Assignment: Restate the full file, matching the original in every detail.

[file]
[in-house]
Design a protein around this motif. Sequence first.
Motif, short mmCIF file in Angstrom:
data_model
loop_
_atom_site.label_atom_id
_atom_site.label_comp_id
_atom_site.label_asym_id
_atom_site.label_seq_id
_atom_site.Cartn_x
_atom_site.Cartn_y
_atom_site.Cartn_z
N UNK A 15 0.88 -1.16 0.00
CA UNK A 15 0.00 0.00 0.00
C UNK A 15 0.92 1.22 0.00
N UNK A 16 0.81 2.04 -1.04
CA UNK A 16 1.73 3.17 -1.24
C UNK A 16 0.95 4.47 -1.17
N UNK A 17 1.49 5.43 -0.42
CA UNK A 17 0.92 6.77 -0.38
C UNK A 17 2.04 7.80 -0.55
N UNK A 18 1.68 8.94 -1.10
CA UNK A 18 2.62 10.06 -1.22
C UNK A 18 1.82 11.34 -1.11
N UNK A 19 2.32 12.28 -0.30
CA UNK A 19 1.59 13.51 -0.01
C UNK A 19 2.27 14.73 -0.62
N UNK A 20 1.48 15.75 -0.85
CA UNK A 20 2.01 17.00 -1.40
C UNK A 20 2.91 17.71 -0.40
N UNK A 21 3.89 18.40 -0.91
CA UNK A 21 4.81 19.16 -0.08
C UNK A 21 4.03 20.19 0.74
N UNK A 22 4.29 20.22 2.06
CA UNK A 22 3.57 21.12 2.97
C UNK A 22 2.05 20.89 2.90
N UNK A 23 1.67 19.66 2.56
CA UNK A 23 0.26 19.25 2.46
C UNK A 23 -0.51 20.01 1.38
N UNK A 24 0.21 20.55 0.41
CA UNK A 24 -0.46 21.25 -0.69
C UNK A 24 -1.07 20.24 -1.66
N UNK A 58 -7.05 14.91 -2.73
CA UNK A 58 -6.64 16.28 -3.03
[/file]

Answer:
[in-house]
Design a protein around this motif. Sequence first.
Motif, short mmCIF file in Angstrom:
data_model
loop_
_atom_site.label_atom_id
_atom_site.label_comp_id
_atom_site.label_asym_id
_atom_site.label_seq_id
_atom_site.Cartn_x
_atom_site.Cartn_y
_atom_site.Cartn_z
N UNK A 15 0.88 -1.16 0.00
CA UNK A 15 0.00 0.00 0.00
C UNK A 15 0.92 1.22 0.00
N UNK A 16 0.81 2.04 -1.04
CA UNK A 16 1.73 3.17 -1.24
C UNK A 16 0.95 4.47 -1.17
N UNK A 17 1.49 5.43 -0.42
CA UNK A 17 0.92 6.77 -0.38
C UNK A 17 2.04 7.80 -0.55
N UNK A 18 1.68 8.94 -1.10
CA UNK A 18 2.62 10.06 -1.22
C UNK A 18 1.82 11.34 -1.11
N UNK A 19 2.32 12.28 -0.30
CA UNK A 19 1.59 13.51 -0.01
C UNK A 19 2.27 14.73 -0.62
N UNK A 20 1.48 15.75 -0.85
CA UNK A 20 2.01 17.00 -1.40
C UNK A 20 2.91 17.71 -0.40
N UNK A 21 3.89 18.40 -0.91
CA UNK A 21 4.81 19.16 -0.08
C UNK A 21 4.03 20.19 0.74
N UNK A 22 4.29 20.22 2.06
CA UNK A 22 3.57 21.12 2.97
C UNK A 22 2.05 20.89 2.90
N UNK A 23 1.67 19.66 2.56
CA UNK A 23 0.26 19.25 2.46
C UNK A 23 -0.51 20.01 1.38
N UNK A 24 0.21 20.55 0.41
CA UNK A 24 -0.46 21.25 -0.69
C UNK A 24 -1.07 20.24 -1.66
N UNK A 58 -7.05 14.91 -2.73
CA UNK A 58 -6.64 16.28 -3.03